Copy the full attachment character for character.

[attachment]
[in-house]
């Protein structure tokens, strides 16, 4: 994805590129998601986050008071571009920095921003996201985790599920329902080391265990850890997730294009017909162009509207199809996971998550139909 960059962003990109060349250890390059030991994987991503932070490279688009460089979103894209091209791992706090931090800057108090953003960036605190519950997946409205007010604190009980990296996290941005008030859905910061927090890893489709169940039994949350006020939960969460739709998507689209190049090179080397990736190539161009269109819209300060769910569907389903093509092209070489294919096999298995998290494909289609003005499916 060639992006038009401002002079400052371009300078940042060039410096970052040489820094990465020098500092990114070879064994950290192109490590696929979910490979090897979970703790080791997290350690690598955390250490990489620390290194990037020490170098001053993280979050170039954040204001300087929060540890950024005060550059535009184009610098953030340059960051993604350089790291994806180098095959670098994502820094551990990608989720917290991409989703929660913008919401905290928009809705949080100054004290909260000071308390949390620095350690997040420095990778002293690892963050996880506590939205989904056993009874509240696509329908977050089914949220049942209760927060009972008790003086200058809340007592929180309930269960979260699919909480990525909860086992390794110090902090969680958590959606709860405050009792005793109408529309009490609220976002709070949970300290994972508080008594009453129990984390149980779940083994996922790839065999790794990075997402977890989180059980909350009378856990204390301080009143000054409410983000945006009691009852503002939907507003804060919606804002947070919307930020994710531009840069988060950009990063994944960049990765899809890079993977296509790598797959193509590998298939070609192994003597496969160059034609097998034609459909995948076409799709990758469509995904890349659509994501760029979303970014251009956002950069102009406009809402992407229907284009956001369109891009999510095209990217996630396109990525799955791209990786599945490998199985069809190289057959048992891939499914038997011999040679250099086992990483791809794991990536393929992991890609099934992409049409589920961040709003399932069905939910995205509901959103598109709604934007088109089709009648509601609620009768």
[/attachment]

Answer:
[in-house]
């Protein structure tokens, strides 16, 4: 994805590129998601986050008071571009920095921003996201985790599920329902080391265990850890997730294009017909162009509207199809996971998550139909 960059962003990109060349250890390059030991994987991503932070490279688009460089979103894209091209791992706090931090800057108090953003960036605190519950997946409205007010604190009980990296996290941005008030859905910061927090890893489709169940039994949350006020939960969460739709998507689209190049090179080397990736190539161009269109819209300060769910569907389903093509092209070489294919096999298995998290494909289609003005499916 060639992006038009401002002079400052371009300078940042060039410096970052040489820094990465020098500092990114070879064994950290192109490590696929979910490979090897979970703790080791997290350690690598955390250490990489620390290194990037020490170098001053993280979050170039954040204001300087929060540890950024005060550059535009184009610098953030340059960051993604350089790291994806180098095959670098994502820094551990990608989720917290991409989703929660913008919401905290928009809705949080100054004290909260000071308390949390620095350690997040420095990778002293690892963050996880506590939205989904056993009874509240696509329908977050089914949220049942209760927060009972008790003086200058809340007592929180309930269960979260699919909480990525909860086992390794110090902090969680958590959606709860405050009792005793109408529309009490609220976002709070949970300290994972508080008594009453129990984390149980779940083994996922790839065999790794990075997402977890989180059980909350009378856990204390301080009143000054409410983000945006009691009852503002939907507003804060919606804002947070919307930020994710531009840069988060950009990063994944960049990765899809890079993977296509790598797959193509590998298939070609192994003597496969160059034609097998034609459909995948076409799709990758469509995904890349659509994501760029979303970014251009956002950069102009406009809402992407229907284009956001369109891009999510095209990217996630396109990525799955791209990786599945490998199985069809190289057959048992891939499914038997011999040679250099086992990483791809794991990536393929992991890609099934992409049409589920961040709003399932069905939910995205509901959103598109709604934007088109089709009648509601609620009768």